benefits presentation, open enrollment, mistakes

Open enrollment season shines the spotlight on HR pros’ presentation skills. After all, it’s up to you to explain what your company’s benefits plan has to offer. Are you up to the task? 

To help ensure you are, here are 15 common mistakes you want to avoid during benefits presentations (none of these are quite as disastrous as the dream where you’re presenting in your underwear, but they’re still pretty bad):

  1. Turning your back to the audience. It can come off as rude. Even if you have to point to a presentation slide behind you, it’s possible to do so without completely turning around.
  2. Only staring at one spot in the audience. This makes you look nervous, and it fails to get everyone engaged.
  3. Avoiding eye contact. Good eye contact exudes confidence, engagement and concern. Avoiding eye contact makes you seem skittish.
  4. Crossing your arms. It sends a subtle message that you’re closed off and defensive.
  5. Standing in the same spot for the entire presentation. Not only does this make your presentation seem stale, it also makes you more likely to drift off mentally. Movement helps the brain stay alert.
  6. Sitting when you should stand. There are times when it’s appropriate to sit during open enrollment presentations, like when you’re speaking to managers in a small board room. But if you’re in a large conference area, and all the seats are facing forward, you should absolutely stand (and move around). It makes you appear knowledgeable and engaged.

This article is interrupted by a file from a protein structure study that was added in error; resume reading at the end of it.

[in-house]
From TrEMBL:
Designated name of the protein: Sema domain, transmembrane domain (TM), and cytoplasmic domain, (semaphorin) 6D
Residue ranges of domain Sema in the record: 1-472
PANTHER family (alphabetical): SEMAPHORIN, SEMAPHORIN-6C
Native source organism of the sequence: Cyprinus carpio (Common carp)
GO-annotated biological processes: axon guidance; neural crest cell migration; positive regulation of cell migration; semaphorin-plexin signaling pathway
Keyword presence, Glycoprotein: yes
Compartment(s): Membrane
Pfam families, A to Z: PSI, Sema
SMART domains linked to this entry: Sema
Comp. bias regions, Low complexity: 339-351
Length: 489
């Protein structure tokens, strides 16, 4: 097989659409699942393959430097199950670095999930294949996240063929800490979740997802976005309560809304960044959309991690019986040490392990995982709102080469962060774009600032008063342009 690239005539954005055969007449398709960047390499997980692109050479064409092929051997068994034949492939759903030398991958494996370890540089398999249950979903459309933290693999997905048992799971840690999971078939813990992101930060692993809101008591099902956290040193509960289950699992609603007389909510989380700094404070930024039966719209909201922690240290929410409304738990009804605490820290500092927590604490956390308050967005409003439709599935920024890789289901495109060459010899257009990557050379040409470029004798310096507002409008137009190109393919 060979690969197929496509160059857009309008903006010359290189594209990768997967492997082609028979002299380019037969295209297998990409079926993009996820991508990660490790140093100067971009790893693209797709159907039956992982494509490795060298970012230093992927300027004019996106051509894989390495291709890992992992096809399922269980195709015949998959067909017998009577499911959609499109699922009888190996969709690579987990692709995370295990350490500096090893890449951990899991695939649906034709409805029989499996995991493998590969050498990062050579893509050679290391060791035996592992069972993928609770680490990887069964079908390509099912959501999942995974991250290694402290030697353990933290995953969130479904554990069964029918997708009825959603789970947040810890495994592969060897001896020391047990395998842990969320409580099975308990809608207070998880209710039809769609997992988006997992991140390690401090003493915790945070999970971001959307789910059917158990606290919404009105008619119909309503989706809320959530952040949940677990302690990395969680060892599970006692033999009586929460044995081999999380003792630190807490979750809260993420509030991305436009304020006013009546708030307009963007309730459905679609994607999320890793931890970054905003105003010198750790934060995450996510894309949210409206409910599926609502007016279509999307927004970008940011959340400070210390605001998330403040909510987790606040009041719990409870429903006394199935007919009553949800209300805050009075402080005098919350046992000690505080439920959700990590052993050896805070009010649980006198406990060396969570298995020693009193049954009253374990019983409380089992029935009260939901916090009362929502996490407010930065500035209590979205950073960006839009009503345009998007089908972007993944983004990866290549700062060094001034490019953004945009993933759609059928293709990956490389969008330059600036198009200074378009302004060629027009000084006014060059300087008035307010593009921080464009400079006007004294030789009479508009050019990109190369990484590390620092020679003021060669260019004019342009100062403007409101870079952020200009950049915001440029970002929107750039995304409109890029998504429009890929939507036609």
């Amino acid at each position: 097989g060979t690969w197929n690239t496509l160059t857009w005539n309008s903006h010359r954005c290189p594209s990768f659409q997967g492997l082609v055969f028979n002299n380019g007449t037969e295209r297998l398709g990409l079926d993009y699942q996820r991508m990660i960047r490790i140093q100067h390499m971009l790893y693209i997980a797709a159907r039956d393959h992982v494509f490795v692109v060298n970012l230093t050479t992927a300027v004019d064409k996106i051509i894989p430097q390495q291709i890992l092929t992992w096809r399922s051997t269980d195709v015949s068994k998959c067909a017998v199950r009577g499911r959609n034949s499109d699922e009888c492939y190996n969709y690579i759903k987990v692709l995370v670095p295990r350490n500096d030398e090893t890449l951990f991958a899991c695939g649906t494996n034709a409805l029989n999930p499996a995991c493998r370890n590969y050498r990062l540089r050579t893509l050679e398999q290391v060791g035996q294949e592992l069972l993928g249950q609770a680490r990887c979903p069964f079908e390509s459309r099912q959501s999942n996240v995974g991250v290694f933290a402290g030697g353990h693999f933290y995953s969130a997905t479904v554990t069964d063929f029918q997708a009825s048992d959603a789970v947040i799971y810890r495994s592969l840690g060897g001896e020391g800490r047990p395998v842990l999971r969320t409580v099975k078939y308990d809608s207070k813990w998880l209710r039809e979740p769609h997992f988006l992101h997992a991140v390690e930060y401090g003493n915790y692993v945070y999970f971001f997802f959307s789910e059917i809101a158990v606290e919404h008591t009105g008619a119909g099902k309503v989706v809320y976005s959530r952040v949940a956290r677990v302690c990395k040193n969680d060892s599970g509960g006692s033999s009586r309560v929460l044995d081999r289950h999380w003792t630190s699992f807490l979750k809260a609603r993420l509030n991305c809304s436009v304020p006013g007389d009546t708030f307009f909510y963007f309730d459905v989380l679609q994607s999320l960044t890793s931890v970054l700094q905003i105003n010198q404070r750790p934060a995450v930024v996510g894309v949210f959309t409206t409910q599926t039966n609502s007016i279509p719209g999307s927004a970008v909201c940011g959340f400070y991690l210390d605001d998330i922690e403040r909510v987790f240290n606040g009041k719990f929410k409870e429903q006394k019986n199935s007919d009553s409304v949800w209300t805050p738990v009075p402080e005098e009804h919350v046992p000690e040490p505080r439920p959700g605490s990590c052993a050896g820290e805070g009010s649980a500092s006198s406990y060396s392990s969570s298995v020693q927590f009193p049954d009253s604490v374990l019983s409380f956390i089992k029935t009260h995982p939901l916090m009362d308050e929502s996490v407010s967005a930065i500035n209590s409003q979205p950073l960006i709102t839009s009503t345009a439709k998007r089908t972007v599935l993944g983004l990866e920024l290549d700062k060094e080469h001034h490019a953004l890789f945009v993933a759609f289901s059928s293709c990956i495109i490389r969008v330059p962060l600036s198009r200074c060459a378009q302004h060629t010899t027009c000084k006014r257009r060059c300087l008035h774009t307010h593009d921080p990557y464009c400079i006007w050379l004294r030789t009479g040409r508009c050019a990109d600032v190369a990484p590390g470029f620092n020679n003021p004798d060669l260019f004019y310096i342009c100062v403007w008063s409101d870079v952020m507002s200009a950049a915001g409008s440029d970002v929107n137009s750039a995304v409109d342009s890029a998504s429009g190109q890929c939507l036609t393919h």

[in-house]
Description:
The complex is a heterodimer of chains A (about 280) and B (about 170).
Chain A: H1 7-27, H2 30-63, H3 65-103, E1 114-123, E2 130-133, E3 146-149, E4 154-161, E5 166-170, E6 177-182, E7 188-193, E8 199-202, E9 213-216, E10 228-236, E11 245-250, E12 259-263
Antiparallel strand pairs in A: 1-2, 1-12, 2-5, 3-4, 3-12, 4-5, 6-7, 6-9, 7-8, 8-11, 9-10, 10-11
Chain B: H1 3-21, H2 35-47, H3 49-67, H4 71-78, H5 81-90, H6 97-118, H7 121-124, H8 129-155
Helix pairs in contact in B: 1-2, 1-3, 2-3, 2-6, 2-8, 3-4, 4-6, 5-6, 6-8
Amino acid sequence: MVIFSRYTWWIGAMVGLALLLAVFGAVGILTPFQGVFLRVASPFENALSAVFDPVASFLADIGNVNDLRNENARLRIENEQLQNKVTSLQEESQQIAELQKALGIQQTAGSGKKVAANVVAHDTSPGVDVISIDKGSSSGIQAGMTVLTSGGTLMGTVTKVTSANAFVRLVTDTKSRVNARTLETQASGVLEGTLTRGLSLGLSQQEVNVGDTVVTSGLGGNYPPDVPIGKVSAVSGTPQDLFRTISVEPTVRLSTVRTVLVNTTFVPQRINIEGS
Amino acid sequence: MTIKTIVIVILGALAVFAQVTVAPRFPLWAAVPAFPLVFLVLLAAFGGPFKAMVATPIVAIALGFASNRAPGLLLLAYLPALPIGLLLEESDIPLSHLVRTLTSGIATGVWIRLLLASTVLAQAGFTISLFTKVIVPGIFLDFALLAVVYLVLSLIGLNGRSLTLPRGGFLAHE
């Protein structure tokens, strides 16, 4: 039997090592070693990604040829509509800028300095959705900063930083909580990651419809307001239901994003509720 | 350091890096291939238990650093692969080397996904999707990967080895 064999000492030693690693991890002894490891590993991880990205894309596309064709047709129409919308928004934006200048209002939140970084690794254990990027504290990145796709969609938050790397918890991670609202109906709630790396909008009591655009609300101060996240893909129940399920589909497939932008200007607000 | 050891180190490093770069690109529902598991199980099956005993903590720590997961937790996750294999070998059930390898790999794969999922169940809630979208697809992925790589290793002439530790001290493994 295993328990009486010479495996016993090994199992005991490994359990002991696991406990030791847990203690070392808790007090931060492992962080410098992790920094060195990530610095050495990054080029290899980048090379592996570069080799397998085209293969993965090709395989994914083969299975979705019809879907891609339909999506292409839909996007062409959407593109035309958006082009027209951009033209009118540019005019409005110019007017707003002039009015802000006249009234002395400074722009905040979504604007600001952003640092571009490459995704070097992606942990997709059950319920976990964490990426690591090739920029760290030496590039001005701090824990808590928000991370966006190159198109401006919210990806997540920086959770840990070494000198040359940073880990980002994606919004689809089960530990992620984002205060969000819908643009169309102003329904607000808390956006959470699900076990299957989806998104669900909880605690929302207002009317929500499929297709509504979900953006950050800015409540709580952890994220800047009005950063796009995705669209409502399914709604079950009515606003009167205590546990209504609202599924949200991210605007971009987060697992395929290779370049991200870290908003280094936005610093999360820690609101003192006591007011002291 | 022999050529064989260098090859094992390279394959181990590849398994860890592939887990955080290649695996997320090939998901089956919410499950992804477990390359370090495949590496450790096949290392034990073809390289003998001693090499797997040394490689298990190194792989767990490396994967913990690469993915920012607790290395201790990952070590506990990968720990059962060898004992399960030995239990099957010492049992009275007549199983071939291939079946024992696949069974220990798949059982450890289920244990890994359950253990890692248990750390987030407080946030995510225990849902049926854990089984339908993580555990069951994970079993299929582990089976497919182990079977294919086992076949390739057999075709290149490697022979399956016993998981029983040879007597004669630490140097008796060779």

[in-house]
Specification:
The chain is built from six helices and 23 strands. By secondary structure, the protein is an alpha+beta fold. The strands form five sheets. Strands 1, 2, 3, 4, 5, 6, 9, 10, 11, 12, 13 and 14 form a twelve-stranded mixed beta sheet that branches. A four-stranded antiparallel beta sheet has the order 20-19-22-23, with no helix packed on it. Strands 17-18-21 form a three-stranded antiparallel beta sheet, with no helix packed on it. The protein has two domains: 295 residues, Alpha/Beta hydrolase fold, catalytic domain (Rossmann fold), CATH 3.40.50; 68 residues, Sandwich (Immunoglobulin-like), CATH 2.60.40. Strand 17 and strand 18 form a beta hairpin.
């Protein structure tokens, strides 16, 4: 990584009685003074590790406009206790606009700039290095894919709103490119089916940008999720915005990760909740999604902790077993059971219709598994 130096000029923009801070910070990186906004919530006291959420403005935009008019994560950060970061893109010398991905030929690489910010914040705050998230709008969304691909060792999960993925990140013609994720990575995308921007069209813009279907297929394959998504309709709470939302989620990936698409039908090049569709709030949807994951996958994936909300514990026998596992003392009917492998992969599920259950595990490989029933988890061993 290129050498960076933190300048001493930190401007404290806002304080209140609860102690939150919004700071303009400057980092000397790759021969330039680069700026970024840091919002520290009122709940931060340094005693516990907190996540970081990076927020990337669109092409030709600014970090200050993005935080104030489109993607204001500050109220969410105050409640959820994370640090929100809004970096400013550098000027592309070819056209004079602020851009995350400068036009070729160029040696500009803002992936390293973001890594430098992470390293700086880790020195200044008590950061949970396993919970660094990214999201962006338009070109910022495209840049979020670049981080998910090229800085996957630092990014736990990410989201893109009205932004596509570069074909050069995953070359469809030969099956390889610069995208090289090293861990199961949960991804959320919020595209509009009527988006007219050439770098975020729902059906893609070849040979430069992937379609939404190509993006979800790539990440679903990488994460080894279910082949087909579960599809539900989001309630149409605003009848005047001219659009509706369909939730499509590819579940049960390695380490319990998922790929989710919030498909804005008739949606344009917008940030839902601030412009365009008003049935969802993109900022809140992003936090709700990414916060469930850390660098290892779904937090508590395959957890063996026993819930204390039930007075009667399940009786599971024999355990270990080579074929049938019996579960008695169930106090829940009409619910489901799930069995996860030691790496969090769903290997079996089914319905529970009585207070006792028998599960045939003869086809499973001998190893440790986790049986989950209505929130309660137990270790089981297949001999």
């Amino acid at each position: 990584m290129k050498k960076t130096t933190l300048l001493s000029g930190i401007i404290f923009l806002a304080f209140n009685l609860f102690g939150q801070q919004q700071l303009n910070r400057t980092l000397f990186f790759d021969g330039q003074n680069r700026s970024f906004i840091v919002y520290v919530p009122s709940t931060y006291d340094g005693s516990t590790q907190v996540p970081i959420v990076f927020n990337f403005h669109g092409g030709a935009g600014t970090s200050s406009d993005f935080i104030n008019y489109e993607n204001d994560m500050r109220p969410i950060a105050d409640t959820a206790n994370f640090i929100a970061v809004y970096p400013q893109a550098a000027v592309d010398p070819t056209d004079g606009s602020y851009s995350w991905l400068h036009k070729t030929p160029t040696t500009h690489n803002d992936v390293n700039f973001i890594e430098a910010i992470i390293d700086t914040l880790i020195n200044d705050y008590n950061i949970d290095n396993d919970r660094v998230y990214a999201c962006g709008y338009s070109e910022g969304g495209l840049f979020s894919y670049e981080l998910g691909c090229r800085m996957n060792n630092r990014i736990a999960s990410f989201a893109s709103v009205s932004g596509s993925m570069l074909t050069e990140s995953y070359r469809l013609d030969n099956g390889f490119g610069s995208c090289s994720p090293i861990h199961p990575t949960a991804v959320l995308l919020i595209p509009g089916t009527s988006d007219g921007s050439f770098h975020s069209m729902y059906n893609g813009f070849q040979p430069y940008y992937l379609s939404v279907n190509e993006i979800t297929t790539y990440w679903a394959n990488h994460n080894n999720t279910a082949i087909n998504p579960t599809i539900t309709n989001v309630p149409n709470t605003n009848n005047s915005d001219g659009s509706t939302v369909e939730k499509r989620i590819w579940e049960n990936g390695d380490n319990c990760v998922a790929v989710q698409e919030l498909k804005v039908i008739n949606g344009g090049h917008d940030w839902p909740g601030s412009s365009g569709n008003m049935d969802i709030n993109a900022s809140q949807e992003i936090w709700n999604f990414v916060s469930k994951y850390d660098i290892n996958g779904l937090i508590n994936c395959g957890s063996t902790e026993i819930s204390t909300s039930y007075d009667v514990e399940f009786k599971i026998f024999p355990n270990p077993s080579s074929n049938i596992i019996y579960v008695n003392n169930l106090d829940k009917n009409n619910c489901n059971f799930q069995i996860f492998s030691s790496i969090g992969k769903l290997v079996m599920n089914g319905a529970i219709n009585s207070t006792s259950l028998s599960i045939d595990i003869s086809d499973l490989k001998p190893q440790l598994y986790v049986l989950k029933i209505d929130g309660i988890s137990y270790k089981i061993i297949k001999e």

7. Pad posture. Hanging your head or slouching your shoulders can make you look weary and unconfident.
  8. Placing hands on your hips. This gives off a hint of arrogance or impatience.
  9. Repeating gestures … over and over. When you make the same hand movements again and again, in quick succession, it becomes very distracting to the audience.
  10. Fidgeting. This is a dead giveaway that you’re nervous, and nervousness is distracting.
  11. Playing with hair or clothes. Typically, presenters do this because they’re nervous, but onlookers see these as signs someone isn’t comfortable — either with themselves or with the material they’re presenting.
  12. Not smiling. If you don’t seem happy to be there, employees won’t be. Plus, it prevents them from wanting to ask questions and engage in conversations.
  13. Complaining. Of course, you don’t plan to complain about your benefits plan. Still, it’s important to remember that complaining — whether it’s about technical difficulties with your presentation or something one of your benefits providers did — makes you look negative.
  14. Making excuses. It’s natural to want to make excuses for failings (perhaps you weren’t able to keep some popular benefits you offered last year). But it’s usually better to just take responsibility while explaining what happened.
  15. Exaggerating. Obviously, you want to make your benefits plans sound as good as can be. But be careful not to exaggerate what they can do or how much money certain benefits can save employees. Also, be mindful that you’re not passing along opinions as facts.

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